I know the whole situation is out of my control but one of the things that makes these milestone moments in the progression of this disease so difficult for me is not wanting Rolf or the kids to ever think I’m not trying hard enough…as if my efforts could have any impact on whether or not I need a wheelchair.  I know it’s an irrational concern but I just want to scream “MY BODY MAY BE GIVING UP, BUT I’M NOT!!!!”.  Rolf expressed it well when he said that when we managed Rudy’s care, there was always hope of improvement in some areas and ultimately hope of getting him to another treatment option, for example, a heart transplant; with me, we’re in preservation mode…it’s a totally different mindset.  There were a lot of emotional realities we had to face yesterday on the heels of an already emotionally charged week.  I’m still feeling pretty wiped out today and praying for relief from the physical aches of grief…stinging eyes, neck and back pain, headache.

So what do we do now?  The ALS Association hooked us up with a loaner wheelchair to use for now.  I asked Dr. D if I could just get by with loaners and not bother getting my own…she said loaners are okay for now but as my needs change, it’ll be important for me to have a chair custom fit for my specific needs.  Makes sense.  So we begin that process that includes PT evaluations for the insurance company, etc.  In the meantime, Rolfi was johnny-on-the-spot, came home yesterday and already built me ramps giving me access outside our bedroom to the kitchen and outside our front door!    Grateful for that man.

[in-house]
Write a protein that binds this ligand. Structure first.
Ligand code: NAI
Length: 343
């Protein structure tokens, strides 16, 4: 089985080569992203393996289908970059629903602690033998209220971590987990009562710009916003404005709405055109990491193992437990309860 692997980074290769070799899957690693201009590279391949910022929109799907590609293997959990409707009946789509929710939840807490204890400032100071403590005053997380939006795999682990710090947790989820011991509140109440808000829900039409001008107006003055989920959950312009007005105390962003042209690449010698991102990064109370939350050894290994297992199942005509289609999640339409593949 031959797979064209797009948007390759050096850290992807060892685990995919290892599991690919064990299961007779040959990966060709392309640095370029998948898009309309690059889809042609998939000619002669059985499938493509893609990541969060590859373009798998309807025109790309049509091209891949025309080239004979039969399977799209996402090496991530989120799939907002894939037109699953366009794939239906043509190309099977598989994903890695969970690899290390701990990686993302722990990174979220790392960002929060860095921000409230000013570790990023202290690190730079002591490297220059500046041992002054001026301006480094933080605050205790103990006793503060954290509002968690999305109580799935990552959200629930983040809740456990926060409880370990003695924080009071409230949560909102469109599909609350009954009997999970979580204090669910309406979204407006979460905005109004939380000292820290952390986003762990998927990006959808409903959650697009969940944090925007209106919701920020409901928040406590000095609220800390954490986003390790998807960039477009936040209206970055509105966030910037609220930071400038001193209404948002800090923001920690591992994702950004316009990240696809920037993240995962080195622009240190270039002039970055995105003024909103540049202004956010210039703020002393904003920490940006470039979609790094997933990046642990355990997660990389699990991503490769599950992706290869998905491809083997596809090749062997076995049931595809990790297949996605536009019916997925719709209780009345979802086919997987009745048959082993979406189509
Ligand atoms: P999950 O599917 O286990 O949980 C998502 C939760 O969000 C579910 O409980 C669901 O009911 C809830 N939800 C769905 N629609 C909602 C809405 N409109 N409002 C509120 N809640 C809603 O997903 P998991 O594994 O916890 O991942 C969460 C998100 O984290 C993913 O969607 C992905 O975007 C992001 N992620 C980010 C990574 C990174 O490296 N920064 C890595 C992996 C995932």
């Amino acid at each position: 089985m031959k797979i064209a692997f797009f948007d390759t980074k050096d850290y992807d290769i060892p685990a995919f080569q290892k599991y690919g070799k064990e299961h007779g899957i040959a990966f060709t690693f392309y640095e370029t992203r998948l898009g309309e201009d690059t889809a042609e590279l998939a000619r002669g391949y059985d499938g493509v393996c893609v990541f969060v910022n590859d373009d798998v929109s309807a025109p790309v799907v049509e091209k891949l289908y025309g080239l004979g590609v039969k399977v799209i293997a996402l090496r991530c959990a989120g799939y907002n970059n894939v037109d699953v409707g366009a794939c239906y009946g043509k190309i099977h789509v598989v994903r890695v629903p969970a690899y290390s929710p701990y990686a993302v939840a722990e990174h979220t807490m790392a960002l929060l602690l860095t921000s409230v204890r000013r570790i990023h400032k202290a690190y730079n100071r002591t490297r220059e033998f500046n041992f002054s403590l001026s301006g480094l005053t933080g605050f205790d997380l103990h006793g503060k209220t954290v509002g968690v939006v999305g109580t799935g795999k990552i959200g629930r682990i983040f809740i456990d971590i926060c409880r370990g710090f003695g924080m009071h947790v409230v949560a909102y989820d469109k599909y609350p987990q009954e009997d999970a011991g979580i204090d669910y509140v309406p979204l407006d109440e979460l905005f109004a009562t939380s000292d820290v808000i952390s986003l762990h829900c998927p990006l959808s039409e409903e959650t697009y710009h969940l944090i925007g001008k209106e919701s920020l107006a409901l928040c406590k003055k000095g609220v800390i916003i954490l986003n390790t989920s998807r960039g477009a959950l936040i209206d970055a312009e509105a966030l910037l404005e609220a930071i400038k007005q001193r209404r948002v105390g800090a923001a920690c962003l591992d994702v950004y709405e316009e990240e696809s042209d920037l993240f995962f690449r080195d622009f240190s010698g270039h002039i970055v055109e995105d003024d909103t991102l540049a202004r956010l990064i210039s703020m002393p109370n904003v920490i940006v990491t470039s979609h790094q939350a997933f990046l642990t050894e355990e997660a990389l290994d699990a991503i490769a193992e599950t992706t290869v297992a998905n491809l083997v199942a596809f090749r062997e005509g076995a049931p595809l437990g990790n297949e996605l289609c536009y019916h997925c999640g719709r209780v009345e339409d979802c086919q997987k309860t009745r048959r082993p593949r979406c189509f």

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Rolf on a test drive!

Ironically, Olivia volunteered at a wheelchair camp this week (and made a quick appearance on our local news!  Ha Ha).  I’m proud of her for making the choice to be a part of this camp this week (we had hoped Rudy could attend this camp at some point but he wasn’t independent enough when he became age-eligible).  Her week was filled with long, fun days surrounded by great friends and being a special help to new camper friends!  I admire her strength and grace.

Wilson made it in from his extended field training and is back on base at Ft. Knox.  He honored Rudy on the 25th with a 12 mile, timed ruck that completed his formal summer training.  We can’t wait for his return next week and will soak up the last couple of weeks we’ll have with him before he starts his senior year at APU!!!

Max and the band are back in California and helping to staff a summer camp down south this week.  We catch glimpses of him on social media working hard and having fun!  He and his team have one more week of camp and then, he too, will be home for a couple of weeks before heading back to Point Loma.

Pursuing things we are passionate about is truly life-giving and I find it profound that all three big sibs were pursuing their passions individually this week while at the same time collectively honoring their little brother by living full.  Grateful for these kids of ours.

🙂